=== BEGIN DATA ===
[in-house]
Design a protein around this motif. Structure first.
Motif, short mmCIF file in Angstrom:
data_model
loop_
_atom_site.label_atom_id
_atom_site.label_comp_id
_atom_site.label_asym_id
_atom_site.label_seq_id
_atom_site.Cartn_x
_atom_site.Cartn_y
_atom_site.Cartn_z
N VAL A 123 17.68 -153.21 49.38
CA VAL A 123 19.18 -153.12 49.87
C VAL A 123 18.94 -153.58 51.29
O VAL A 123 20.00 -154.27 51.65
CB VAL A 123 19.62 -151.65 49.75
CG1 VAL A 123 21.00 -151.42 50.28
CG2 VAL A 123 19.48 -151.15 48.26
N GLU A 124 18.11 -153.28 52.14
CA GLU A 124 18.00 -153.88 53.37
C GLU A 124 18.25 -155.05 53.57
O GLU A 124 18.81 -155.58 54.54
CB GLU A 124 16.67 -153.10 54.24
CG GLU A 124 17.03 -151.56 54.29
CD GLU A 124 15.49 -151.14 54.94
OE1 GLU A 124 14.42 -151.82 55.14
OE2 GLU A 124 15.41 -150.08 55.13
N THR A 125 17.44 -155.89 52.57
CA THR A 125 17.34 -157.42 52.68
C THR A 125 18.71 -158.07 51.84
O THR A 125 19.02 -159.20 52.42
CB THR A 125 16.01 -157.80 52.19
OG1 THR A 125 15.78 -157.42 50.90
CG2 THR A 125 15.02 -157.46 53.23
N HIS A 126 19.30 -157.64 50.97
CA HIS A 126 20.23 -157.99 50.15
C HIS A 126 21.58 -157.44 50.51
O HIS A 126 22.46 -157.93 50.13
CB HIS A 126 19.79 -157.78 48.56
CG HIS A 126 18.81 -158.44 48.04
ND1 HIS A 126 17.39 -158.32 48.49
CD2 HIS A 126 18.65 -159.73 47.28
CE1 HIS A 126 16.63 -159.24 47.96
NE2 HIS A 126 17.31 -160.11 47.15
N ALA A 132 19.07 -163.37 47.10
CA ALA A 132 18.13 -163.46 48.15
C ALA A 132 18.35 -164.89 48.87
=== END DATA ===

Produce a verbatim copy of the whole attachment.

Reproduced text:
[in-house]
Design a protein around this motif. Structure first.
Motif, short mmCIF file in Angstrom:
data_model
loop_
_atom_site.label_atom_id
_atom_site.label_comp_id
_atom_site.label_asym_id
_atom_site.label_seq_id
_atom_site.Cartn_x
_atom_site.Cartn_y
_atom_site.Cartn_z
N VAL A 123 17.68 -153.21 49.38
CA VAL A 123 19.18 -153.12 49.87
C VAL A 123 18.94 -153.58 51.29
O VAL A 123 20.00 -154.27 51.65
CB VAL A 123 19.62 -151.65 49.75
CG1 VAL A 123 21.00 -151.42 50.28
CG2 VAL A 123 19.48 -151.15 48.26
N GLU A 124 18.11 -153.28 52.14
CA GLU A 124 18.00 -153.88 53.37
C GLU A 124 18.25 -155.05 53.57
O GLU A 124 18.81 -155.58 54.54
CB GLU A 124 16.67 -153.10 54.24
CG GLU A 124 17.03 -151.56 54.29
CD GLU A 124 15.49 -151.14 54.94
OE1 GLU A 124 14.42 -151.82 55.14
OE2 GLU A 124 15.41 -150.08 55.13
N THR A 125 17.44 -155.89 52.57
CA THR A 125 17.34 -157.42 52.68
C THR A 125 18.71 -158.07 51.84
O THR A 125 19.02 -159.20 52.42
CB THR A 125 16.01 -157.80 52.19
OG1 THR A 125 15.78 -157.42 50.90
CG2 THR A 125 15.02 -157.46 53.23
N HIS A 126 19.30 -157.64 50.97
CA HIS A 126 20.23 -157.99 50.15
C HIS A 126 21.58 -157.44 50.51
O HIS A 126 22.46 -157.93 50.13
CB HIS A 126 19.79 -157.78 48.56
CG HIS A 126 18.81 -158.44 48.04
ND1 HIS A 126 17.39 -158.32 48.49
CD2 HIS A 126 18.65 -159.73 47.28
CE1 HIS A 126 16.63 -159.24 47.96
NE2 HIS A 126 17.31 -160.11 47.15
N ALA A 132 19.07 -163.37 47.10
CA ALA A 132 18.13 -163.46 48.15
C ALA A 132 18.35 -164.89 48.87